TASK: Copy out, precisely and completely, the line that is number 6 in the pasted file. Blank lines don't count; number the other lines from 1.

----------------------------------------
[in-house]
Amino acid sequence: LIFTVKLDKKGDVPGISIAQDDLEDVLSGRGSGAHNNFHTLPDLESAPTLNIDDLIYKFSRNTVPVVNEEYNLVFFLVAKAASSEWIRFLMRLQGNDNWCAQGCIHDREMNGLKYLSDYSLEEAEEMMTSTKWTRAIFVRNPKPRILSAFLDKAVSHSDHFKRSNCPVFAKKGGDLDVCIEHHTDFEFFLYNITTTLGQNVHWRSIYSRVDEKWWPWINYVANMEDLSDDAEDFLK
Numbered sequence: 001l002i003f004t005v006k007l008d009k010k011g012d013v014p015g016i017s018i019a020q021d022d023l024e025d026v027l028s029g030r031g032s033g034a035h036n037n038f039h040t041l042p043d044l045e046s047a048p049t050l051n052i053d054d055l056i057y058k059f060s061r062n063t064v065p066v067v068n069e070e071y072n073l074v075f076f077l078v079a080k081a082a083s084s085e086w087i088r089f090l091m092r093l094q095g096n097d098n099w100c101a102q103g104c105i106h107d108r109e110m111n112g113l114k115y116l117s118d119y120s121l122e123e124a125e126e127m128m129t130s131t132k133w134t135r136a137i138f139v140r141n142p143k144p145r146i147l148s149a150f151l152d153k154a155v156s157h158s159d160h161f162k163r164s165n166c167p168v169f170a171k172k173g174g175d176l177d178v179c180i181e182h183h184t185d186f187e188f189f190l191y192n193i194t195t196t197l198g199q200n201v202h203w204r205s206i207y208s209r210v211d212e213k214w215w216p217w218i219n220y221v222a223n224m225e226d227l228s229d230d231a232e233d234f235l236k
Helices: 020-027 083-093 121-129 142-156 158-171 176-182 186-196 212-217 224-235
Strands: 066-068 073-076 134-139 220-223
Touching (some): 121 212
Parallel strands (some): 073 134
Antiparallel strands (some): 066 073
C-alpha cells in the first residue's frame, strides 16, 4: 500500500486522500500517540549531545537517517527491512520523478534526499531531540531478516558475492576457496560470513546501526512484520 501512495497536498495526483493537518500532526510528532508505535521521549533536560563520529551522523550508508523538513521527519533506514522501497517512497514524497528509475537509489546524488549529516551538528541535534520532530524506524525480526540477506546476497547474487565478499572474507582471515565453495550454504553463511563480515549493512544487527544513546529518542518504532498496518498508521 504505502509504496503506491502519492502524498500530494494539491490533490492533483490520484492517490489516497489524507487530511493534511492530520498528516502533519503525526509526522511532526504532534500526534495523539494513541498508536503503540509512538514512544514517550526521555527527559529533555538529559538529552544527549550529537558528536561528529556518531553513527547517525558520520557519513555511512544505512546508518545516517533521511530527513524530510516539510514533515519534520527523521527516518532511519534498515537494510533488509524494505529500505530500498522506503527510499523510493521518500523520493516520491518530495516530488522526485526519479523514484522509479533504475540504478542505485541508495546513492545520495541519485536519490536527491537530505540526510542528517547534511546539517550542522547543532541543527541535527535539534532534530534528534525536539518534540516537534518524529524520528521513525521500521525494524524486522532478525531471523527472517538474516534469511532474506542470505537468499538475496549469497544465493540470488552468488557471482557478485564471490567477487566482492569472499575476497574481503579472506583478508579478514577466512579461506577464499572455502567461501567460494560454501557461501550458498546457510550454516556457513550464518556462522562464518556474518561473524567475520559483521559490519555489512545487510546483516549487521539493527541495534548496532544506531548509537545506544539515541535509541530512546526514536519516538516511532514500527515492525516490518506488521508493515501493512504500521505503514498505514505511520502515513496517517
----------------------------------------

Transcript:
Touching (some): 121 212